Systematic kicks off hunt for world's best reading project
The software company Systematic is again presenting the Systematic Joy of Reading Award in 2021, and is now inviting applications from reading projects that make a real difference in the battle against illiteracy.
Press release02 February 2021
When the international library conference Next Library® 2021 is held on 3 June, the Systematic Joy of Reading Award, which comes with a prize of USD 10,000, will be presented to the best reading project among all the nominated projects that have been submitted from all over the world. What all the candidates have in common is that they have used innovative methods to spread the joy of reading and combat illiteracy. Previously, projects with travelling reading sofas, reading buddies, reading camps and TukTuks loaded with books have been nominated.
“The Systematic Joy of Reading Award is our way of supporting the important role played by literature and storytelling. In many parts of the world, there are children and adults who can only dream of learning to read. In presenting the award, we are focusing on the important task which many of the reading projects perform, so that more people have the possibility of expanding their horizons and increasing their knowledge by exploring the world of literature”, says Martin Brøchner-Mortensen from Systematic.
When the award was last presented in 2019, it went to the South African reading project Nal’ibali – Reading for Enjoyment Campaign, which sets up reading clubs and distributes material in all 11 of the country’s official languages. The prize of USD 10,000 which accompanies the Joy of Reading Award was spent on buying books and materials, which are distributed from small mobile libraries in those parts of South Africa where illiteracy is particularly widespread.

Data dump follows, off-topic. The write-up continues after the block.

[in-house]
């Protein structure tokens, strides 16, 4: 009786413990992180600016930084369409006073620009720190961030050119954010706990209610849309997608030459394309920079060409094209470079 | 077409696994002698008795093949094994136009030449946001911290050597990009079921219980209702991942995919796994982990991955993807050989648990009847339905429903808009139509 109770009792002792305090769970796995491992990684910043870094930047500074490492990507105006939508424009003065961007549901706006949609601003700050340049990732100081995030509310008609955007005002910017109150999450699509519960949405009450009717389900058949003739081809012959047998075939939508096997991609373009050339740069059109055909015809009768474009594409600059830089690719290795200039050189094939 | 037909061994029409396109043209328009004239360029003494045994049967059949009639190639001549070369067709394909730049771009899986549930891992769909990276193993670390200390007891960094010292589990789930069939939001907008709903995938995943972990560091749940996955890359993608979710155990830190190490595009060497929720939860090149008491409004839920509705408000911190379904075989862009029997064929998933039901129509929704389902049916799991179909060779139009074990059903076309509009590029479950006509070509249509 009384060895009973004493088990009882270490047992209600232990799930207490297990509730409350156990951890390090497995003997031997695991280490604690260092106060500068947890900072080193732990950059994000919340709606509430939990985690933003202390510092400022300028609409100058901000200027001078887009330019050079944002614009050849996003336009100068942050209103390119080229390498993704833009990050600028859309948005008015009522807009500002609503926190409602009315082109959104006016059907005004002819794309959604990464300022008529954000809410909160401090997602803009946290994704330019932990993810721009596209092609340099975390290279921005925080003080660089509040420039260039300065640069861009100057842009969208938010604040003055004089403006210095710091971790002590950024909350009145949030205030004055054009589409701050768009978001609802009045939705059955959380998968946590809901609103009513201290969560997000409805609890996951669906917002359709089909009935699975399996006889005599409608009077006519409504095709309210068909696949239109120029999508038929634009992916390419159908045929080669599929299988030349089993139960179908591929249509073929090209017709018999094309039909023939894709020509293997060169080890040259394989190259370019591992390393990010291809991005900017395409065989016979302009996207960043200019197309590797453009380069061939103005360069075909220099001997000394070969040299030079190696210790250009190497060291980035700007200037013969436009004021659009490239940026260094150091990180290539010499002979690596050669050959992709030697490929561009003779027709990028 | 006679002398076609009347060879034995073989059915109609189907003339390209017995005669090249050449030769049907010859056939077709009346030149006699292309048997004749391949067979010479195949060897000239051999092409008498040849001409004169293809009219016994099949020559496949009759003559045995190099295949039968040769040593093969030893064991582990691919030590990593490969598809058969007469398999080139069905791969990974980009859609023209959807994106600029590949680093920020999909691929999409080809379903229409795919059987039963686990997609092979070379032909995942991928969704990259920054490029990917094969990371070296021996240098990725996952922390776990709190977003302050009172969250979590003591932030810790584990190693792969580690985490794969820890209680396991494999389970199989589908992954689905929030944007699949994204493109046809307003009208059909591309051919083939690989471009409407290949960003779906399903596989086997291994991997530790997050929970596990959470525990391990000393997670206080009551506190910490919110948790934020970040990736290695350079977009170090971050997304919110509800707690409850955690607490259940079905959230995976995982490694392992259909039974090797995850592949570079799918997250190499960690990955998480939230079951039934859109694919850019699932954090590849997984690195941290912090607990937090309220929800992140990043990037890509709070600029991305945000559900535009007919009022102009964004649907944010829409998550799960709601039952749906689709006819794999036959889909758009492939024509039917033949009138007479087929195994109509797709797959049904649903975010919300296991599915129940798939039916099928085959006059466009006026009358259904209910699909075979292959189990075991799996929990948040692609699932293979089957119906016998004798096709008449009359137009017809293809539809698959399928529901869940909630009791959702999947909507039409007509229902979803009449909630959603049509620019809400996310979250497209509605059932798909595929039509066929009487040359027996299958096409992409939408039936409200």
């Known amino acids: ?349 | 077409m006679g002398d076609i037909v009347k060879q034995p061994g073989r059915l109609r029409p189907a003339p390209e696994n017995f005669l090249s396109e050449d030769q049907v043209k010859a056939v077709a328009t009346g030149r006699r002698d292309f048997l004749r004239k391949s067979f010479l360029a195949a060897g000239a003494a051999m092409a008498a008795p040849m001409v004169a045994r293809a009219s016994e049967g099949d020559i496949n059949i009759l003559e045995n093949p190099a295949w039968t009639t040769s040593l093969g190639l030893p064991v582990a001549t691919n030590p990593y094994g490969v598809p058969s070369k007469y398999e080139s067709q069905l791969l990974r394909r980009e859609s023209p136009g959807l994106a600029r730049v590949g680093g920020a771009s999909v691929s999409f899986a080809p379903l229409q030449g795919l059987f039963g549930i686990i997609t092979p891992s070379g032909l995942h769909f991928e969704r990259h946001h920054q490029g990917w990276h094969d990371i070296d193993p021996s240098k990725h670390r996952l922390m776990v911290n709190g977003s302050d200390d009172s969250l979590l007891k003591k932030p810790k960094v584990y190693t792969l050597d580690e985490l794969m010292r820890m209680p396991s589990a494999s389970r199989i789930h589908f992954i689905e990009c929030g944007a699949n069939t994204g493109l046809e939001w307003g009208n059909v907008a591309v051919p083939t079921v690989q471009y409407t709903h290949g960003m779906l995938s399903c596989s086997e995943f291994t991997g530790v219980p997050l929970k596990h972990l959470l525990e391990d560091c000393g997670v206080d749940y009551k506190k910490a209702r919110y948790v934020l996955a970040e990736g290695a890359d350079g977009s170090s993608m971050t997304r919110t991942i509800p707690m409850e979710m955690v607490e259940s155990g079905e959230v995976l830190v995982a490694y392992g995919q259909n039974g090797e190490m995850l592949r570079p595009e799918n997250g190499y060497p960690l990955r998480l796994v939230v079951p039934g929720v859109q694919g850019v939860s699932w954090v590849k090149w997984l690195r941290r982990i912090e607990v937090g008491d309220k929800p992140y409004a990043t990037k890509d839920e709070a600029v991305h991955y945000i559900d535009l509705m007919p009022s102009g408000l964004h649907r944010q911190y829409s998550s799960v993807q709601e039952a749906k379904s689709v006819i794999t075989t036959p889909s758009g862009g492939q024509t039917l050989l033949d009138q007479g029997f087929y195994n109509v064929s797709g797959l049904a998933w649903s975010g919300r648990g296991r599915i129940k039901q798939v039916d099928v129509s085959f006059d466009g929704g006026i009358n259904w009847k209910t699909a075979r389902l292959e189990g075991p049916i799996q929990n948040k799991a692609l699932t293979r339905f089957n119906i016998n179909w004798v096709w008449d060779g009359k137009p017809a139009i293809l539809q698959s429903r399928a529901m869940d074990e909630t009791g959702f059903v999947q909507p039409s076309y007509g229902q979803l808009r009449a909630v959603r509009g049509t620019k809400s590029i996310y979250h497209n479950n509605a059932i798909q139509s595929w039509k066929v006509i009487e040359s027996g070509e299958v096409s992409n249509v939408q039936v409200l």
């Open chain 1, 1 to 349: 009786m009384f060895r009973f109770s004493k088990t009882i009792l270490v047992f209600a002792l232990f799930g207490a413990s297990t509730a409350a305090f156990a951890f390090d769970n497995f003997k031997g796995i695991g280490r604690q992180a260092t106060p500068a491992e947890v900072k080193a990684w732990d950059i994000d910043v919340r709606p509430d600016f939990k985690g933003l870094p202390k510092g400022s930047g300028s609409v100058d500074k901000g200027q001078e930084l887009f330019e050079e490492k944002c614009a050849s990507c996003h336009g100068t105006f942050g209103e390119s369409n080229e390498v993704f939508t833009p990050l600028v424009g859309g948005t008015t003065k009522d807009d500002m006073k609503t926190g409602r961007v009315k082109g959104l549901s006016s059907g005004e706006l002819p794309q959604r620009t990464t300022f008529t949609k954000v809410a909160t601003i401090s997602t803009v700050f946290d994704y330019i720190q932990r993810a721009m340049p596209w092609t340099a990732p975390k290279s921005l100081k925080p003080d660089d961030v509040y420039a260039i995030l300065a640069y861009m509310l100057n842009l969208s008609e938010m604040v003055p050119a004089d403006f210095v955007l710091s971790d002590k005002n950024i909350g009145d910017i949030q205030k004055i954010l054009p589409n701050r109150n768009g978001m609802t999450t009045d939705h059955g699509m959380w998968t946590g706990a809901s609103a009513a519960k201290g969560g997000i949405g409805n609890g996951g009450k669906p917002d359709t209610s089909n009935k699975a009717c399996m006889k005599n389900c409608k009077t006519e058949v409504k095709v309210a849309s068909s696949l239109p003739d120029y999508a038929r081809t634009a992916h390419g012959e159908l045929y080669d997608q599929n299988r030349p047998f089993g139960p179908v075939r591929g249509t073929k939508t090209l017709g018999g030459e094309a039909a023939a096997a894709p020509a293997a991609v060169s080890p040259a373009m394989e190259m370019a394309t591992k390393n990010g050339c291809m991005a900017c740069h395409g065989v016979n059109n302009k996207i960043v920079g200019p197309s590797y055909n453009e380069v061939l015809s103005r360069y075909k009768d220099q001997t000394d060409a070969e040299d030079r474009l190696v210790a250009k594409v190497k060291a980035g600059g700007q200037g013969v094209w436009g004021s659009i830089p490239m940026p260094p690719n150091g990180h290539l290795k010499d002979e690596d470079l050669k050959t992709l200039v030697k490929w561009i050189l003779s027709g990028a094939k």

International library conference and award ceremony being held online
The Systematic Joy of Reading Award is being presented in collaboration with Aarhus Public Libraries at Next Library, a community of library professionals, innovators and decision-makers from all over the world who meet every other year in Aarhus in an international forum to discuss libraries and support learning in the 21st century.
The Next Library conference was scheduled to take place at DOKK1 in Aarhus from 29 May to 2 June, but due to the global pandemic, the conference and the award ceremony are being rethought, with more resources being channelled into a virtual track. This might bring unexpected benefits, according to Marie Østergaard, Library Director at Aarhus Public Libraries and responsible for Next Library:
“Normally, the conference attracts 350 participants from 35-42 countries. It’s important for us to keep it small, but it also means that tickets sell out quickly, and many people are left feeling disappointed. We’ve also been hearing from international participants, who find it hard to raise the money to travel here to participate, and against this background we’re now trying to create an online format so that more people can join in. At the same time, we’re expecting the online format to raise awareness of the Systematic Joy of Reading Award and the various reading projects which are being run in different parts of the world. The projects have also needed to think out of the box and adopt new approaches to reaching and infusing children and adults with the joy of reading during the pandemic,” she says.
President of the International Federation of Library Associations and Institutions (IFLA), Christine Mackenzie, will present the award virtually to the winner.
The deadline for submitting reading projects for the award is 15 March 2021.
About the Systematic Joy of Reading Award
The Systematic Joy of Reading Award is an international award founded by the software company Systematic in collaboration with Aarhus Public Libraries, and is presented every other year at the international Next Library conference in Aarhus. The award is given to a project which is working innovatively to combat illiteracy, and which focuses on the individual’s love of reading and their reading skills. The award comes with a prize of USD 10,000.
To be considered for the award, the project must have been running for at least two years, and the project must be able to document how many people it has impacted.
An international jury of literature, teaching and library professionals will assess the submissions, choose the nominees and select the final winner, which will be announced at the international Next Library conference.
- Marian Morgan-Bindon, freelance librarian and long-standing IFLA Australia member. Chair of the Systematic Joy of Reading Award
- Kirsten Boelt, Library Director, Aalborg Public Libraries, Aalborg, Denmark
- Magdeline Mooketsi, librarian, Gaborone Public Library, Botswana
- Sanjana Shrestha, Executive Director, READ Global
- Stacie Ledden, Director of Strategic Partnerships, Anythink Libraries, Denver, USA
- Martin Brøchner-Mortensen, Group Senior Vice President, Systematic, Denmark
Read more about the Systematic Joy of Reading Award here.